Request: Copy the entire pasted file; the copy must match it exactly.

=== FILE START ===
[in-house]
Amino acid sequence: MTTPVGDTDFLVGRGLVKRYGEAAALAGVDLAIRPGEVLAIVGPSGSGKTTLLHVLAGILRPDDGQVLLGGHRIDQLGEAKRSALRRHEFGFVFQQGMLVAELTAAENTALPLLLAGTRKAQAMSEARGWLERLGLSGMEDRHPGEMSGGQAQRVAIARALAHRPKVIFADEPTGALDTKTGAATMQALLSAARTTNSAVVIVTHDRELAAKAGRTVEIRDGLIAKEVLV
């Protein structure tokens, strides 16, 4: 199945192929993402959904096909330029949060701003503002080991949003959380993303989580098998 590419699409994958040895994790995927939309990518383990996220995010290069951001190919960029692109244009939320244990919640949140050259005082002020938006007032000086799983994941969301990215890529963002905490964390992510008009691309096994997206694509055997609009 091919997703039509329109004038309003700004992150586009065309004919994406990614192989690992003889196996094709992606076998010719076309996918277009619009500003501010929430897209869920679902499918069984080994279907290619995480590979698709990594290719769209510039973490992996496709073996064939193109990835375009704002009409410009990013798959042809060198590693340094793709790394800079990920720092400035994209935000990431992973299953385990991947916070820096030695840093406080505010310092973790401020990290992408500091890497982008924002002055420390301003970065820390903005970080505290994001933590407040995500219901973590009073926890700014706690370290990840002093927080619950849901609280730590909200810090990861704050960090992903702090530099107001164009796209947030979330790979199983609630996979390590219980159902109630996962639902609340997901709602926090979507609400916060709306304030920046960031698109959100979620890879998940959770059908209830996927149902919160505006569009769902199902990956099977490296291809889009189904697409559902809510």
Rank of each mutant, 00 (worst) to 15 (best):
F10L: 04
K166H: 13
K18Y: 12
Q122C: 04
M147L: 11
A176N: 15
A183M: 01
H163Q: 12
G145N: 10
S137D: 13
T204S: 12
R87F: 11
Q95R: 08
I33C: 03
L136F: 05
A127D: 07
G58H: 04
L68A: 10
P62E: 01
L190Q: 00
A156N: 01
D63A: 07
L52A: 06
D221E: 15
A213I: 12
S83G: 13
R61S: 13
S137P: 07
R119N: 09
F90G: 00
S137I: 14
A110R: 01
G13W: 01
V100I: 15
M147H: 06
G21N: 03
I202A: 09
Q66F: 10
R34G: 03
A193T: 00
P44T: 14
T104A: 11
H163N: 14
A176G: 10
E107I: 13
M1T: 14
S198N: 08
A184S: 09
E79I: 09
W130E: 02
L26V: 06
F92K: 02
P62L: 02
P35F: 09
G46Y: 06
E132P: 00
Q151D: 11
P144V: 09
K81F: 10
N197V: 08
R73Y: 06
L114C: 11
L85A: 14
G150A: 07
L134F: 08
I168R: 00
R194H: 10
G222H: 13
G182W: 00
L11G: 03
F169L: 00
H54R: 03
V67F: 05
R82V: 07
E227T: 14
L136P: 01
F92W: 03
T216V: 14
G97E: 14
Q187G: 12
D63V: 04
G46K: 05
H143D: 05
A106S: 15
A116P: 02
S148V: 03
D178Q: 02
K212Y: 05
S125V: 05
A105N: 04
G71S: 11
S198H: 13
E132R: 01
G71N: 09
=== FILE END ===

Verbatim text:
[in-house]
Amino acid sequence: MTTPVGDTDFLVGRGLVKRYGEAAALAGVDLAIRPGEVLAIVGPSGSGKTTLLHVLAGILRPDDGQVLLGGHRIDQLGEAKRSALRRHEFGFVFQQGMLVAELTAAENTALPLLLAGTRKAQAMSEARGWLERLGLSGMEDRHPGEMSGGQAQRVAIARALAHRPKVIFADEPTGALDTKTGAATMQALLSAARTTNSAVVIVTHDRELAAKAGRTVEIRDGLIAKEVLV
């Protein structure tokens, strides 16, 4: 199945192929993402959904096909330029949060701003503002080991949003959380993303989580098998 590419699409994958040895994790995927939309990518383990996220995010290069951001190919960029692109244009939320244990919640949140050259005082002020938006007032000086799983994941969301990215890529963002905490964390992510008009691309096994997206694509055997609009 091919997703039509329109004038309003700004992150586009065309004919994406990614192989690992003889196996094709992606076998010719076309996918277009619009500003501010929430897209869920679902499918069984080994279907290619995480590979698709990594290719769209510039973490992996496709073996064939193109990835375009704002009409410009990013798959042809060198590693340094793709790394800079990920720092400035994209935000990431992973299953385990991947916070820096030695840093406080505010310092973790401020990290992408500091890497982008924002002055420390301003970065820390903005970080505290994001933590407040995500219901973590009073926890700014706690370290990840002093927080619950849901609280730590909200810090990861704050960090992903702090530099107001164009796209947030979330790979199983609630996979390590219980159902109630996962639902609340997901709602926090979507609400916060709306304030920046960031698109959100979620890879998940959770059908209830996927149902919160505006569009769902199902990956099977490296291809889009189904697409559902809510």
Rank of each mutant, 00 (worst) to 15 (best):
F10L: 04
K166H: 13
K18Y: 12
Q122C: 04
M147L: 11
A176N: 15
A183M: 01
H163Q: 12
G145N: 10
S137D: 13
T204S: 12
R87F: 11
Q95R: 08
I33C: 03
L136F: 05
A127D: 07
G58H: 04
L68A: 10
P62E: 01
L190Q: 00
A156N: 01
D63A: 07
L52A: 06
D221E: 15
A213I: 12
S83G: 13
R61S: 13
S137P: 07
R119N: 09
F90G: 00
S137I: 14
A110R: 01
G13W: 01
V100I: 15
M147H: 06
G21N: 03
I202A: 09
Q66F: 10
R34G: 03
A193T: 00
P44T: 14
T104A: 11
H163N: 14
A176G: 10
E107I: 13
M1T: 14
S198N: 08
A184S: 09
E79I: 09
W130E: 02
L26V: 06
F92K: 02
P62L: 02
P35F: 09
G46Y: 06
E132P: 00
Q151D: 11
P144V: 09
K81F: 10
N197V: 08
R73Y: 06
L114C: 11
L85A: 14
G150A: 07
L134F: 08
I168R: 00
R194H: 10
G222H: 13
G182W: 00
L11G: 03
F169L: 00
H54R: 03
V67F: 05
R82V: 07
E227T: 14
L136P: 01
F92W: 03
T216V: 14
G97E: 14
Q187G: 12
D63V: 04
G46K: 05
H143D: 05
A106S: 15
A116P: 02
S148V: 03
D178Q: 02
K212Y: 05
S125V: 05
A105N: 04
G71S: 11
S198H: 13
E132R: 01
G71N: 09